The fresh salad balanced the decadent mac and cheese. A generous portion of creamy yet light pasta was sprinkled with toasted breadcrumbs. It was a hearty, wintry dish.

emmer&rye has the motto ‘locally derived, seasonally driven’. On the website each menu item has links to the ingredients’ local producers. For example, the mac and cheese pasta is from Lagana Foods, and cheeses are from Beecher’s and Mt Townsend Creamery. Bravo Chef Seth Caswell for supporting our community!

I attended my first Foodportunity yesterday evening at the Palace Ballroom, a networking event founded by the inimitable Keren Brown.

A screen projected the live Foodportunity Twitter feed.

The lovely Keren spoke briefly to thank Foodportunity’s sponsors and supporters, and drew the winners of the business card raffle.

My first taste was at Metropolitan Market, the main sponsor of Foodportunity. Imported wheels of Zola Gouda were stacked on the table.

A generous portion of creamy macaroni and cheese was sprinkled with bread crumbs and Parmesan.

I interspersed savoury dishes with desserts. Next was Fat Cat Fudge, a smooth chocolate fudge that was moderately sweet.

I spotted The Coterie Room in the corner and happily crunched on a decadent snack of ham crackling dipped in black truffle fondue.

In the same area was Inn at Langley. On a wooden paddle was a disc of smouldered spruce panna cotta with truffle honey foam and pine nut sugar.

The Chef in the Hat was momentarily absent but the silver forks of coffee cured salmon with celeriac by Rover’s were scrumptious.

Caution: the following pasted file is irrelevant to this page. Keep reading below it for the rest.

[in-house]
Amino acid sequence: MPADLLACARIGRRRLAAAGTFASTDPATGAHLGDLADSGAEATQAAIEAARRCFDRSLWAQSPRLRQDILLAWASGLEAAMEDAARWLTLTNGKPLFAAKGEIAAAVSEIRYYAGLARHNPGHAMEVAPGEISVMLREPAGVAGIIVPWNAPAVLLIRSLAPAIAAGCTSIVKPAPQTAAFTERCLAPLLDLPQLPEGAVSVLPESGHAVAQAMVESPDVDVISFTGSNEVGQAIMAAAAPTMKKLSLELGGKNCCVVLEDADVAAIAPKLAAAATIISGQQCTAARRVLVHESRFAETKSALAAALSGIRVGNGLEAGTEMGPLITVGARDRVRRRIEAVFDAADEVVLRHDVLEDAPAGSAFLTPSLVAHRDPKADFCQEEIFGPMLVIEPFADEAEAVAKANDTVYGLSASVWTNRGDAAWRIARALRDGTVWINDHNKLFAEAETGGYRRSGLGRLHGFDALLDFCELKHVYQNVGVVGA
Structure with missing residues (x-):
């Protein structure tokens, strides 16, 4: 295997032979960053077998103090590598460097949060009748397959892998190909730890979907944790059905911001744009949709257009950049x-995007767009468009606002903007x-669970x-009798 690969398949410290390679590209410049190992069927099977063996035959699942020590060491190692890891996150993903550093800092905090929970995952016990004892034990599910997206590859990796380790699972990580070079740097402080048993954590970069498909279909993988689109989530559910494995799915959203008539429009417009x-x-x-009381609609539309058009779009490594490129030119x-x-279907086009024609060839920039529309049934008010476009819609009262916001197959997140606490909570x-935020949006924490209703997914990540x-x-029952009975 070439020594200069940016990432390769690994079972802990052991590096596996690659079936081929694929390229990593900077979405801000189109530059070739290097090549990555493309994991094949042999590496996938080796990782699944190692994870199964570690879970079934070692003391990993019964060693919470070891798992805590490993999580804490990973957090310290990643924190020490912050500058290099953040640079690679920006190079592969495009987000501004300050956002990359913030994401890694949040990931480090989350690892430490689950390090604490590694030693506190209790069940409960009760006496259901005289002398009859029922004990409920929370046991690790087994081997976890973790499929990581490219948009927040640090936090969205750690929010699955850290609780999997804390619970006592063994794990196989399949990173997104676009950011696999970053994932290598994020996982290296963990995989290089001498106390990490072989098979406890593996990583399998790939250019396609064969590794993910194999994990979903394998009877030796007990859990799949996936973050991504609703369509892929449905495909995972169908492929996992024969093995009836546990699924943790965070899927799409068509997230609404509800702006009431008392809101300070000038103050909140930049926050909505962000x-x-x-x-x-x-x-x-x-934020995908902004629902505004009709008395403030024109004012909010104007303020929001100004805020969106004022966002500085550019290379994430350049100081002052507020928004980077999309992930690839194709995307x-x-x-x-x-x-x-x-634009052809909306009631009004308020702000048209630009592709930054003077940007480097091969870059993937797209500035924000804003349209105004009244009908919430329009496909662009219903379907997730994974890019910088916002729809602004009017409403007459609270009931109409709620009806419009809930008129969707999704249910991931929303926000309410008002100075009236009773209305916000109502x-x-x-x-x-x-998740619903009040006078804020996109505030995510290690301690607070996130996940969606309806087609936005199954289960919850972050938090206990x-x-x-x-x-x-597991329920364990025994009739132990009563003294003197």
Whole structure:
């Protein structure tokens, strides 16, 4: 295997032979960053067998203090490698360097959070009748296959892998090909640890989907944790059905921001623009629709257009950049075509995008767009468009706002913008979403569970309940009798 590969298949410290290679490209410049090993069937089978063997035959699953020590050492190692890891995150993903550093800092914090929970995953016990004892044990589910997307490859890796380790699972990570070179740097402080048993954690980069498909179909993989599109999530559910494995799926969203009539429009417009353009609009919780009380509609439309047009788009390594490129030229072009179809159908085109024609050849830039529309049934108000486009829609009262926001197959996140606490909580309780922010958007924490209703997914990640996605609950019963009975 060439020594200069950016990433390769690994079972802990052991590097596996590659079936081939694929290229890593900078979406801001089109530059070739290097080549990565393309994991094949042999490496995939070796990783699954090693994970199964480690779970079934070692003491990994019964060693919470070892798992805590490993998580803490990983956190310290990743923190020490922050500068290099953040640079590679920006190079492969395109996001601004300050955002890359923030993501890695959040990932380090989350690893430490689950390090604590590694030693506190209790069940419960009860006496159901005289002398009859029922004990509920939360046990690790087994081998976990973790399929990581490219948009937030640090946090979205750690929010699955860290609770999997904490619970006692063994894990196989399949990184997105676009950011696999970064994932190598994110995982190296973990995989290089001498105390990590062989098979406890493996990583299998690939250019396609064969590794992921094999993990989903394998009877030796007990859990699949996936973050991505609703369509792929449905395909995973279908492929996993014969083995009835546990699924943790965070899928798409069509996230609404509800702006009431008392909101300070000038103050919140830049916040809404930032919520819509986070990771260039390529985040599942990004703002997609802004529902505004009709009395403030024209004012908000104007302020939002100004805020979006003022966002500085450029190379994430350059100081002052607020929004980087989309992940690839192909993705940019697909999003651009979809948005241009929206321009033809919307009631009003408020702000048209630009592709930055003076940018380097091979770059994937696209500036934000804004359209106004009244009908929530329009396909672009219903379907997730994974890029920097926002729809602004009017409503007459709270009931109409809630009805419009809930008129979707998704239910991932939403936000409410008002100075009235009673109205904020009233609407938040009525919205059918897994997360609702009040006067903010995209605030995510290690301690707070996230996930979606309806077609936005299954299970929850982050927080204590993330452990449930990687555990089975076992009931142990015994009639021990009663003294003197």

One of the few restaurants with signs of their food, Local 360 had a rustic chalkboard written in cursive script and illuminated by tea light candles.

Except I didn’t notice the sign until after I ate the bacon wrapped rabbit saddle with cheesy grits and maple truffle jus. I don’t eat rabbit. But the meaty cylinder topped with a jelly cube was an appetising pairing.

Mike Easton was resplendent in a customised apron and demonstrated artisan pasta making.

Cooked on an induction stovetop at the stall, the malloreddi alla Siciliana was exceptional.

Fumie’s Gold had silver platters of sweet treats. I sampled the green tea cookie and it had a balanced matcha flavour.

The profiteroles and tiramisu were tempting!

My first loop concluded at the entrance where Mt Townsend Creamery was. Cirrus is a favourite and there were nibbles of Seastack.

Light and citrusy fromage blanc was spread on apple crisps.

I meandered back to the restaurants I had skipped due to crowds. At Blackfish from Tulalip was house smoked sockeye salmon with chèvre cucumber purse on a bamboo square. The salmon was surprisingly dense, tempered by the mandolined cucumber and goat cheese.